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This week, the Republican presidential primary election   dominated the  news. Sen. Ted Cruz (R-TX) waltzed to victory in Idaho, attracting some  votes on the basis of his proposal to privatize our public lands.

While Idaho proponents of a public lands takeover assure us that the lands would never be sold, the silence was resounding in response to Sen. Cruz’s preference for selling off Idaho’s and America’s natural heritage-places like the Sawtooths, Selkirks and and Salmon River Mountains.

As we enter what we hope are the final weeks of the Legislature,  some eyebrow-raising bills are popping out of the woodwork. Among them  are several new measures seeking to seize public lands.

Public Lands in the Crosshairs

Rep. Judy Boyle (R-Midvale) introduced two new bills (HB 582 and HB 586) that seek to enforce the “promise” made at the time of statehood to grant lands to the state. Idaho’s founding documents clearly state the opposite-that we “forever disclaimed” these public lands. The reality is that, no matter how hard it tries, the Idaho Legislature doesn’t have any authority over federally administered public lands in Idaho.

Former Governors Oppose Public Lands Takeover

Five Idaho governors  attended a ceremony to celebrate Idaho Day last week in the Statehouse.  Former Govs. Cecil Andrus and Jim Risch brought up public lands. During  his speech, Gov. Andrus said it best, “I love those lands, and I  want to see them continue so that my children, my grandchildren, and my  great-grandchildren and their children have the same opportunity to  benefit from those lands as I do today.” Sen. Risch (R-ID) agreed and proclaimed, “The United States Congress is not going to part with title to that property.” We hope you’re right, Senator!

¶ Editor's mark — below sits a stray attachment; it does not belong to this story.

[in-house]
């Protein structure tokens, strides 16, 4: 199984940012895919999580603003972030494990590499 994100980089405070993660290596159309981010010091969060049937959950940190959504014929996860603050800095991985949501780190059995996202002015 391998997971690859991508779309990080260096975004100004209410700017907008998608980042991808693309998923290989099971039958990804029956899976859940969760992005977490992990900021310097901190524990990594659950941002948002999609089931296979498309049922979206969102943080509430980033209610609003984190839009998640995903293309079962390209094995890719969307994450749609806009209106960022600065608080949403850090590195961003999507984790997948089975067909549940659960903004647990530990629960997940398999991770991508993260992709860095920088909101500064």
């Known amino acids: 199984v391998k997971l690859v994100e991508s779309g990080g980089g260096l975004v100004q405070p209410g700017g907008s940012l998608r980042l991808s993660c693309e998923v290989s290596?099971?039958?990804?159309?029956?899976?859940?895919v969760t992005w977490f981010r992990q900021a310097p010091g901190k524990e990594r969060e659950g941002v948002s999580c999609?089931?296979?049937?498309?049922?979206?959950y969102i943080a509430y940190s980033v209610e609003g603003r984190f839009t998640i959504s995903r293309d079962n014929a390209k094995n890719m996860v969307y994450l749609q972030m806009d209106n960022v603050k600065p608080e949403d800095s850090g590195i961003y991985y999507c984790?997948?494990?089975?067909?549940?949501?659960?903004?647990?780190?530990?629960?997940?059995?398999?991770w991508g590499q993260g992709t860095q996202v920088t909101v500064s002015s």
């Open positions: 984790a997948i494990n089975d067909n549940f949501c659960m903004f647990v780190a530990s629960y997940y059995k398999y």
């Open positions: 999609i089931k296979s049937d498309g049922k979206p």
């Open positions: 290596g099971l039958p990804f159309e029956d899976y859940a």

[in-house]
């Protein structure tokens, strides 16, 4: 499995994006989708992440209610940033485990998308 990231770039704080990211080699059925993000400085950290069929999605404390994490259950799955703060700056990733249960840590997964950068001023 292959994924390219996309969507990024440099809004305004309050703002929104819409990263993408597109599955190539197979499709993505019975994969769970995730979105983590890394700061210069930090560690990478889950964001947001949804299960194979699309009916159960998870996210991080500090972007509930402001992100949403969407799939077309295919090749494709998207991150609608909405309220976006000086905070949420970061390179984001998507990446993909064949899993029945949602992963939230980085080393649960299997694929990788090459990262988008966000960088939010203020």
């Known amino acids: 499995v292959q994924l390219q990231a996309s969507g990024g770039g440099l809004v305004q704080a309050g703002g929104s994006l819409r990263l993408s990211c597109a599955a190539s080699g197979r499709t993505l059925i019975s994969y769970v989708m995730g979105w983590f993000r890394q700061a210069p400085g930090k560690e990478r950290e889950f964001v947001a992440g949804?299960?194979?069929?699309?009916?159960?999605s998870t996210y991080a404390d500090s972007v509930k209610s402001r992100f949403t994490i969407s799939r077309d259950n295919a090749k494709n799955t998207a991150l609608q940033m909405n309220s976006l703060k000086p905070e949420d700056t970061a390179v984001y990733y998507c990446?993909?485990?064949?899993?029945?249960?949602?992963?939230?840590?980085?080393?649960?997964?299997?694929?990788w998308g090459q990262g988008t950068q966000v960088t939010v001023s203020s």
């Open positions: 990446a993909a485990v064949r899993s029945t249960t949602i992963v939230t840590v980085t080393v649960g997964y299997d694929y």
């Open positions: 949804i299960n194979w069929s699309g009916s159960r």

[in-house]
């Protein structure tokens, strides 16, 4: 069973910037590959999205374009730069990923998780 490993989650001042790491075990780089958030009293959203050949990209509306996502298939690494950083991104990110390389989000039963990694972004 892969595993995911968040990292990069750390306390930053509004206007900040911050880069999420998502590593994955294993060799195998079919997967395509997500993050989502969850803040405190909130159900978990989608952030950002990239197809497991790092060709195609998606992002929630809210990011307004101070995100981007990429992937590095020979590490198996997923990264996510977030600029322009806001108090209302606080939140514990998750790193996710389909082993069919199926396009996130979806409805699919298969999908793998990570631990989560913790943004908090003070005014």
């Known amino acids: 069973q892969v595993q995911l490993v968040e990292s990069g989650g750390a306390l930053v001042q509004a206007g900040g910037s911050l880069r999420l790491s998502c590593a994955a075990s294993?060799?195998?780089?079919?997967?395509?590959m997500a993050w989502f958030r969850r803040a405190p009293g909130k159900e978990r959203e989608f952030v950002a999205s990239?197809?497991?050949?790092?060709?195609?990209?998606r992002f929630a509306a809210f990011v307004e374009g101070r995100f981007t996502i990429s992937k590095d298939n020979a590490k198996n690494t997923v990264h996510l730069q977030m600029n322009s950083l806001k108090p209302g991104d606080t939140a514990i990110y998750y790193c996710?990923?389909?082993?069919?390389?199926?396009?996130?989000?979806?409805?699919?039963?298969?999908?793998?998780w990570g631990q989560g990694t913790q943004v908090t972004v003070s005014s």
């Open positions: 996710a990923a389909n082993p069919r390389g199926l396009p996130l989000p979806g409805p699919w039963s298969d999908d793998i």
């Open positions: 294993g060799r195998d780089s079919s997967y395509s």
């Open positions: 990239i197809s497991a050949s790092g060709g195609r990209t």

Resolution for Public Access Introduced

It wasn’t all bad this week. Rep. Mat Erpelding (D-Boise) introduced a bipartisan resolution expressing support for continued public access on state lands, something for which the Legislature does have oversight. The resolution is in direct response to a billionaire hunting club in eastern Idaho that hopes to post No Trespassing signs on state lands for European-style bird hunts.

Bills Moves to Senate

The bill to restrict local decision making on plastic bags, bottles and styrofoam containers was approved by the Senate Local Government and Taxation Committee, despite opposition from the Idaho Association of Counties, Idaho Association of Cities, and constituents.

Senate Approves Public Nuisance Bill

On Monday, the Senate approved the public nuisance bill on a party-line vote. The bill would allow counties to declare federally administered public lands a nuisance and demand an abatement plan. If land managers fail to respond, counties have indicated their intent to sue.

The measure undermines not only the state’s efforts to enter into  cooperative agreements with public land managers but also collaborative efforts underway to promote restoration of our public lands. It now heads to the House.

Tie of the Week!

As the Legislature moves toward adjournment, I’m happy to partake in a tradition that dates back three decades.  Lobbyists and members of the press corps (and even legislators  themselves) break out ugly ties to encourage the legislators to  wrap up their duties and head home. While at least two weeks may still  remain in the session, it’s never too early to bust out some ugly ties from my closet…is it?

Until next week. Esto perpetua…